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Another important thing that you will need to consider when purchasing a new lens is which focal lengths you will need to cover. In landscape photography, it’s best to have a small collection of “go-to” lenses that you can take anywhere with you in your camera bag. If you have a large collection of lenses, then chances are that there will be some that you’ll end up using all the time and others that you’ll never use at all. 

The ideal combination of lenses for landscape photography is usually a wide-angle lens, standard zoom lens and a telephoto lens. These will usually cover focal lengths all the way from 16mm to 200mm. However, as we mentioned before, you may also like to invest in a dedicated ultra-wide angle lens with a fast aperture, particularly if you plan on doing a lot of night photography.



Best Wide Angle Lenses for Landscape Photography

Nikon 14-24mm f/2.8G ED

RRP: $1,899.95 USD

The Nikon 14-24mm f/2.8G ED is one of the best lenses on the market for landscape photography. This lens is designed to fit both crop sensor and full frame cameras. It also has a nano crystal coating which reduces ghosting and flare. The autofocus function includes the Nikon Silent Wave Motor, which means that the lens will not make a lot of noise when autofocusing.

Advantages:

  • Fast, fixed aperture for shooting during the day or night.

  • Well-built with dust and moisture resistance.

  • Internal focusing technology enables high-speed autofocus.

  • Quiet operation.

  • Maintains sharpness from the centre of the lens to the corners across focal lengths.

Disadvantages:

  • At 1kg (35.3 oz), it is not very small or light, so can be cumbersome when hiking.

  • Front element protrudes, so it is easy to damage and you will need a special filter holder.



Canon EF 16-35mm f/4L IS USM

RRP: $1,099.00 USD

Although Canon has released the 16-35mm f/2.8L III IS USM, the f/4 still remains one of the manufacturer’s best lenses for landscape photography. The reason for this is quite simple: it’s great value for money. Weighing in at 615g (21.69 oz), this lens is relatively light which means that it’s easy to bring along on adventures. Unlike its successor, it has image stabilisation, which makes it all the more useful for landscape photography.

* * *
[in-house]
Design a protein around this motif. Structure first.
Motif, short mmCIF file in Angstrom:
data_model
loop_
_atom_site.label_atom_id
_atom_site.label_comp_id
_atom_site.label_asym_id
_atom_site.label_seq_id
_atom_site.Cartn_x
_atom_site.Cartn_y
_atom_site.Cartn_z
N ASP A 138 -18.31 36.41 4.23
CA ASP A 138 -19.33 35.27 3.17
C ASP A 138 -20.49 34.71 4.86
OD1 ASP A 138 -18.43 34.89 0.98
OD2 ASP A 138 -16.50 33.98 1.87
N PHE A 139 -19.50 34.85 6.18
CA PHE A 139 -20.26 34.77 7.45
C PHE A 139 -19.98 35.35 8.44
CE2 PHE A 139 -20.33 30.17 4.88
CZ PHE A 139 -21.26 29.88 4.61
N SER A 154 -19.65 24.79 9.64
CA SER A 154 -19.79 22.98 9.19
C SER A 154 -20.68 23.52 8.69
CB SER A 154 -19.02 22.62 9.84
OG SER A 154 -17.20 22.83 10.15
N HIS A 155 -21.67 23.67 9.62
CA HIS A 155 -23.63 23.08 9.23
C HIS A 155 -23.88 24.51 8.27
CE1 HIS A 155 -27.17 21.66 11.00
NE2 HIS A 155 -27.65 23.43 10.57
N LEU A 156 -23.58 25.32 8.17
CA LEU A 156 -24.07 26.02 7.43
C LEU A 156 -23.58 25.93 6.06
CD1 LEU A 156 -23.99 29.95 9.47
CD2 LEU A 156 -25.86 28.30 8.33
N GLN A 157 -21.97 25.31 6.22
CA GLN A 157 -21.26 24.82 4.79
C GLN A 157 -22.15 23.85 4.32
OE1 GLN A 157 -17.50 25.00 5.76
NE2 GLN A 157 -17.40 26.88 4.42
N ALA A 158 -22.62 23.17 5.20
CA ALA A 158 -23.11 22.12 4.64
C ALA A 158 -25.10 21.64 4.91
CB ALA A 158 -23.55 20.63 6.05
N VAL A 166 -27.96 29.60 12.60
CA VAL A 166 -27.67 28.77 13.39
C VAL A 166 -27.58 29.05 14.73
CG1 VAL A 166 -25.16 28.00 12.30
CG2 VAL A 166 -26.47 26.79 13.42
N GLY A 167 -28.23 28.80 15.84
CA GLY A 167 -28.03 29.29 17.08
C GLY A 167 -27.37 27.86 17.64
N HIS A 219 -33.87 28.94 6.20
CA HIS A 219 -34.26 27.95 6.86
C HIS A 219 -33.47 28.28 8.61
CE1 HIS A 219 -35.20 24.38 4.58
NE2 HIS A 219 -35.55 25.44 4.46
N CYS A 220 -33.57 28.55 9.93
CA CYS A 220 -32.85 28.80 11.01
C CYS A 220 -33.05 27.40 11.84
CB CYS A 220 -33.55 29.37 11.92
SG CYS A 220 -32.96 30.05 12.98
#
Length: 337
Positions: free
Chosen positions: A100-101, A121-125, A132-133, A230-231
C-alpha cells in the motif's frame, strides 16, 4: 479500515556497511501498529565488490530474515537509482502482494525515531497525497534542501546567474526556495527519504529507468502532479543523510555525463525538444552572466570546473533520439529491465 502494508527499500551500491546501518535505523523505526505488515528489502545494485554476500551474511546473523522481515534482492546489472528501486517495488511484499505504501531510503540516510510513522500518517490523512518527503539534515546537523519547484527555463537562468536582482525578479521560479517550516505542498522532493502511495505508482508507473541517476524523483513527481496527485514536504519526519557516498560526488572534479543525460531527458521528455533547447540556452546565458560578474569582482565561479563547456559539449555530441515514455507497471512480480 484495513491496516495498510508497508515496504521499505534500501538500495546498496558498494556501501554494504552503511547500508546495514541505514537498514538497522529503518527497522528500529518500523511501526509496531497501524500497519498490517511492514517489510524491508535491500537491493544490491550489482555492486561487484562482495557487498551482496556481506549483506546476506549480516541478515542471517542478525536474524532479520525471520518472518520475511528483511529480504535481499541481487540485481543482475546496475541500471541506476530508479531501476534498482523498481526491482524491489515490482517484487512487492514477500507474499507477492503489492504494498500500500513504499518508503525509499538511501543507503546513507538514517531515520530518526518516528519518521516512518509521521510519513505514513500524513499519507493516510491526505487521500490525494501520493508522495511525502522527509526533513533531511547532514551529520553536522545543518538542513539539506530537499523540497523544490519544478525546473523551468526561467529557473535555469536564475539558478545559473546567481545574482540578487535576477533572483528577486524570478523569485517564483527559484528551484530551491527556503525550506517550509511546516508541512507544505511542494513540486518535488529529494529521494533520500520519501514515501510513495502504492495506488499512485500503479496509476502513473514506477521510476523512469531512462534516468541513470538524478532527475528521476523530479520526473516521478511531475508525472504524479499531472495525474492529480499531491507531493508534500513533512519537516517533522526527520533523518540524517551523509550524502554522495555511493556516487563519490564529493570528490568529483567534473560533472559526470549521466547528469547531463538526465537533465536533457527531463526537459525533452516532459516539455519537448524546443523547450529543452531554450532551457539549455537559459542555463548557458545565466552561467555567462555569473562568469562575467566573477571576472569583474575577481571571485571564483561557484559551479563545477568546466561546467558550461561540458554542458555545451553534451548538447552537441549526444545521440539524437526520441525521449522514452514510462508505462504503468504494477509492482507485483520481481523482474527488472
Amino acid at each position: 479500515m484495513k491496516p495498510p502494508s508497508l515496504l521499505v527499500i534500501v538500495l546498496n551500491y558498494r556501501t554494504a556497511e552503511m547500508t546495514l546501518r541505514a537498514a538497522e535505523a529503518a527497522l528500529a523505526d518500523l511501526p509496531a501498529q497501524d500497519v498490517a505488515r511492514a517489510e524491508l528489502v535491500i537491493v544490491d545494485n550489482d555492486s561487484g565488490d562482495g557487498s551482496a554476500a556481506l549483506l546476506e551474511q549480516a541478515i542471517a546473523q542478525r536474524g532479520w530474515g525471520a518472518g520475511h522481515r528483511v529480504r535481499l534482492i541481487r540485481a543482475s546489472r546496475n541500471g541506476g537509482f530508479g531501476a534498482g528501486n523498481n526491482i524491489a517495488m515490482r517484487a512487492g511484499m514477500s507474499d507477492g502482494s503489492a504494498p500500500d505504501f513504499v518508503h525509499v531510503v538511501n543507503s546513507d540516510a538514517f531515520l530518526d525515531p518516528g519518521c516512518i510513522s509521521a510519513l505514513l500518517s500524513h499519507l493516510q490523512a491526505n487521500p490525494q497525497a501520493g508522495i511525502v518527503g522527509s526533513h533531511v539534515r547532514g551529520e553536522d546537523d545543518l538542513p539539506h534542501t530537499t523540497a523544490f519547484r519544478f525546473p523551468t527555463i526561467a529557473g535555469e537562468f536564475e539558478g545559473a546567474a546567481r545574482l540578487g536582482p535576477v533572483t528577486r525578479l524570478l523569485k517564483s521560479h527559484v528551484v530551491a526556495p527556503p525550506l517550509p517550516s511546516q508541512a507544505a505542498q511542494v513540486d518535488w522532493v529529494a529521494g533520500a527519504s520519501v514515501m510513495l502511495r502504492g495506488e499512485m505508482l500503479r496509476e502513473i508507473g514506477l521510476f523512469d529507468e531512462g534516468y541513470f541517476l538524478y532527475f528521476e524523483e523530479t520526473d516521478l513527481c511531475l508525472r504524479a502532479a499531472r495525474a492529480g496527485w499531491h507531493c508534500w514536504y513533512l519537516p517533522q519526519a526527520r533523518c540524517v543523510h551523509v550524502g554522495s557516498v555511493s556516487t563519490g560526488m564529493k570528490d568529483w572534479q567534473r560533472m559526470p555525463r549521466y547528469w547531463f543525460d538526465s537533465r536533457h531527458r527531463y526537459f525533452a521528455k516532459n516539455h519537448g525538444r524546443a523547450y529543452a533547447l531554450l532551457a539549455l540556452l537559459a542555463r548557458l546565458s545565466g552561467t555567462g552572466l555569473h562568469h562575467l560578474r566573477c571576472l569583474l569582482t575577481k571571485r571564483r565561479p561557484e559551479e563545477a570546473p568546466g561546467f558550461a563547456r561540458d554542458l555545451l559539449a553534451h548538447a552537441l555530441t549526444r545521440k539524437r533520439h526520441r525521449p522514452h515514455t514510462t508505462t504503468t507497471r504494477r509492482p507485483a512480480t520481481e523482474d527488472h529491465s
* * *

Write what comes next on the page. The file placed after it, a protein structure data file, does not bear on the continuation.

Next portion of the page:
Advantages:

  • Image stabilisation – great for use in low light, as well as during dusk and dawn when shooting without a tripod.

  • Well constructed; dust and water resistant.

  • Edge to edge sharpness.

  • Quiet and fast autofocus.

Disadvantages:

  • Slower aperture of f/4 means it is not a great choice for night or astrophotography. However, it will still perform well at sunrise or sunset when mounted to a tripod.



Sony FE 16-35mm f/2.8 GM 

RRP: $2,199.99 USD

The Sony FE 16-35mm f/2.8 GM lens is suitable for Sony’s range of E-mount cameras. It is known as one of the manufacturer’s sharpest lenses and produces quite a nice sunstar. The fast aperture means that you’ll be able to shoot in low light conditions without any problems. Weighing in at 680g (24 oz), it’s light and a great choice for landscape photography.

Advantages:

  • Smooth bokeh.

  • Dust and moisture resistant.

Disadvantages:

  • Very expensive, though you get what you pay for!



Sigma 14mm f/1.8 DG HSM Art

RRP: $1,599.00 USD

When this lens was released by Sigma, it took the landscape photography world by storm. That’s because it is an incredibly sharp and fast prime lens that is ideal for astrophotography. When you hold this lens, you’ll realise that it’s well-constructed with dust and splash-proof materials. It’s truly a masterpiece of beauty!

Advantages:

  • Very little coma, so stars are sharp close to the edges of the image.

  • Very fast aperture.

  • Available in mounts to suit different camera systems.

  • In-built autofocus.

Disadvantages:

  • Bulbous front element is easy to damage and doesn’t support filters.

  • Quite heavy at 1.17kg (41.27 oz).



Best Standard Zoom Lenses for Landscape Photography

Nikon 24-70mm f/2.8E ED VR

RRP:  $2,399.95 USD

This lens is versatile and rugged. It has great edge to edge sharpness and performs well in low light conditions. With dust and moisture resistance, it’s a perfect lens to take out for landscape photography.